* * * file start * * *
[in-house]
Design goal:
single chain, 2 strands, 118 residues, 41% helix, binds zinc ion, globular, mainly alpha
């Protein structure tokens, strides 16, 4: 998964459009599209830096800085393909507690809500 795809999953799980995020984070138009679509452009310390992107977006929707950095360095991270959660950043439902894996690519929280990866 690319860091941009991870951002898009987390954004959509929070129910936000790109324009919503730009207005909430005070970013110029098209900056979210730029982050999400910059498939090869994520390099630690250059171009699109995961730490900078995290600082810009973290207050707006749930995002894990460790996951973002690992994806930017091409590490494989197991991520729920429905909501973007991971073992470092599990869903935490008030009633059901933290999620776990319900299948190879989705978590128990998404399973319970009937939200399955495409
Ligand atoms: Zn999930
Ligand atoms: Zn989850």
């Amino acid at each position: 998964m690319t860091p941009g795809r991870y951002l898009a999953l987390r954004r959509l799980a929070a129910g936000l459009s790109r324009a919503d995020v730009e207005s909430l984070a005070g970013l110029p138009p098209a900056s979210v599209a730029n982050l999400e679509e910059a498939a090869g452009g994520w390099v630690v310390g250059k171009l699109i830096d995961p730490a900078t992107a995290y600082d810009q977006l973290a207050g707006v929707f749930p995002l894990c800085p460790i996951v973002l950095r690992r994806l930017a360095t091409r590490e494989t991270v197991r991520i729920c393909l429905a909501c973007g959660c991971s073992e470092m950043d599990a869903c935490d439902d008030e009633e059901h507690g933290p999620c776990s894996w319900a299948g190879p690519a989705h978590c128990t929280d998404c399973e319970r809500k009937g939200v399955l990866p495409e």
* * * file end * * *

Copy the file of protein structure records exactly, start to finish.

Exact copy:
[in-house]
Design goal:
single chain, 2 strands, 118 residues, 41% helix, binds zinc ion, globular, mainly alpha
């Protein structure tokens, strides 16, 4: 998964459009599209830096800085393909507690809500 795809999953799980995020984070138009679509452009310390992107977006929707950095360095991270959660950043439902894996690519929280990866 690319860091941009991870951002898009987390954004959509929070129910936000790109324009919503730009207005909430005070970013110029098209900056979210730029982050999400910059498939090869994520390099630690250059171009699109995961730490900078995290600082810009973290207050707006749930995002894990460790996951973002690992994806930017091409590490494989197991991520729920429905909501973007991971073992470092599990869903935490008030009633059901933290999620776990319900299948190879989705978590128990998404399973319970009937939200399955495409
Ligand atoms: Zn999930
Ligand atoms: Zn989850």
């Amino acid at each position: 998964m690319t860091p941009g795809r991870y951002l898009a999953l987390r954004r959509l799980a929070a129910g936000l459009s790109r324009a919503d995020v730009e207005s909430l984070a005070g970013l110029p138009p098209a900056s979210v599209a730029n982050l999400e679509e910059a498939a090869g452009g994520w390099v630690v310390g250059k171009l699109i830096d995961p730490a900078t992107a995290y600082d810009q977006l973290a207050g707006v929707f749930p995002l894990c800085p460790i996951v973002l950095r690992r994806l930017a360095t091409r590490e494989t991270v197991r991520i729920c393909l429905a909501c973007g959660c991971s073992e470092m950043d599990a869903c935490d439902d008030e009633e059901h507690g933290p999620c776990s894996w319900a299948g190879p690519a989705h978590c128990t929280d998404c399973e319970r809500k009937g939200v399955l990866p495409e």